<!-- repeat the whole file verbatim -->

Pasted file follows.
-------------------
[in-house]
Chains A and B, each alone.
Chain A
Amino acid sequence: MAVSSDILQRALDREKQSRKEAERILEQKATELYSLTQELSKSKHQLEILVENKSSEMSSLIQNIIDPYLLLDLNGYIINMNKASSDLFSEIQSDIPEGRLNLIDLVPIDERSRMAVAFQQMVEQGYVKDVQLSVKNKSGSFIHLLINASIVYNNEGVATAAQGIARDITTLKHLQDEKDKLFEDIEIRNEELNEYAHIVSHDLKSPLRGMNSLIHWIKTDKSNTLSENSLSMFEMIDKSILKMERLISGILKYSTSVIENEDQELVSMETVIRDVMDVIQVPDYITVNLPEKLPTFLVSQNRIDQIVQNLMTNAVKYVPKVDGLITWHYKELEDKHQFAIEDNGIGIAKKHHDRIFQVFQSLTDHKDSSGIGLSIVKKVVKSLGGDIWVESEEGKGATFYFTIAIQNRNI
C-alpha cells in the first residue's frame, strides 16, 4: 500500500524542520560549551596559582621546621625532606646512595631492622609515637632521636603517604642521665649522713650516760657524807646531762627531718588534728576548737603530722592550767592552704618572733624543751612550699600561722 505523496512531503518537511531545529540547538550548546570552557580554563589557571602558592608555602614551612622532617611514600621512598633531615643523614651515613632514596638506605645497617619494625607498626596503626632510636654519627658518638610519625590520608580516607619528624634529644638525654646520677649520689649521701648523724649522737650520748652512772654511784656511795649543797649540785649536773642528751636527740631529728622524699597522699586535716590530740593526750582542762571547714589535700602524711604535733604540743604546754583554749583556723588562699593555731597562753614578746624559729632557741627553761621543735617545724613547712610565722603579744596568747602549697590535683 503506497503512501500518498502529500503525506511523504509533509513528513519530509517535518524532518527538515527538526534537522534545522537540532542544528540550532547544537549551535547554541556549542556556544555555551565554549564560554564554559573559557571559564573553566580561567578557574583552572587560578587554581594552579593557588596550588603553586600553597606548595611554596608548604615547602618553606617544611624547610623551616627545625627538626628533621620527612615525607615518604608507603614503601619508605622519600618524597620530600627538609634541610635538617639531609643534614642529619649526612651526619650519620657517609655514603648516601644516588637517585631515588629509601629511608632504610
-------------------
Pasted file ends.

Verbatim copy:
[in-house]
Chains A and B, each alone.
Chain A
Amino acid sequence: MAVSSDILQRALDREKQSRKEAERILEQKATELYSLTQELSKSKHQLEILVENKSSEMSSLIQNIIDPYLLLDLNGYIINMNKASSDLFSEIQSDIPEGRLNLIDLVPIDERSRMAVAFQQMVEQGYVKDVQLSVKNKSGSFIHLLINASIVYNNEGVATAAQGIARDITTLKHLQDEKDKLFEDIEIRNEELNEYAHIVSHDLKSPLRGMNSLIHWIKTDKSNTLSENSLSMFEMIDKSILKMERLISGILKYSTSVIENEDQELVSMETVIRDVMDVIQVPDYITVNLPEKLPTFLVSQNRIDQIVQNLMTNAVKYVPKVDGLITWHYKELEDKHQFAIEDNGIGIAKKHHDRIFQVFQSLTDHKDSSGIGLSIVKKVVKSLGGDIWVESEEGKGATFYFTIAIQNRNI
C-alpha cells in the first residue's frame, strides 16, 4: 500500500524542520560549551596559582621546621625532606646512595631492622609515637632521636603517604642521665649522713650516760657524807646531762627531718588534728576548737603530722592550767592552704618572733624543751612550699600561722 505523496512531503518537511531545529540547538550548546570552557580554563589557571602558592608555602614551612622532617611514600621512598633531615643523614651515613632514596638506605645497617619494625607498626596503626632510636654519627658518638610519625590520608580516607619528624634529644638525654646520677649520689649521701648523724649522737650520748652512772654511784656511795649543797649540785649536773642528751636527740631529728622524699597522699586535716590530740593526750582542762571547714589535700602524711604535733604540743604546754583554749583556723588562699593555731597562753614578746624559729632557741627553761621543735617545724613547712610565722603579744596568747602549697590535683 503506497503512501500518498502529500503525506511523504509533509513528513519530509517535518524532518527538515527538526534537522534545522537540532542544528540550532547544537549551535547554541556549542556556544555555551565554549564560554564554559573559557571559564573553566580561567578557574583552572587560578587554581594552579593557588596550588603553586600553597606548595611554596608548604615547602618553606617544611624547610623551616627545625627538626628533621620527612615525607615518604608507603614503601619508605622519600618524597620530600627538609634541610635538617639531609643534614642529619649526612651526619650519620657517609655514603648516601644516588637517585631515588629509601629511608632504610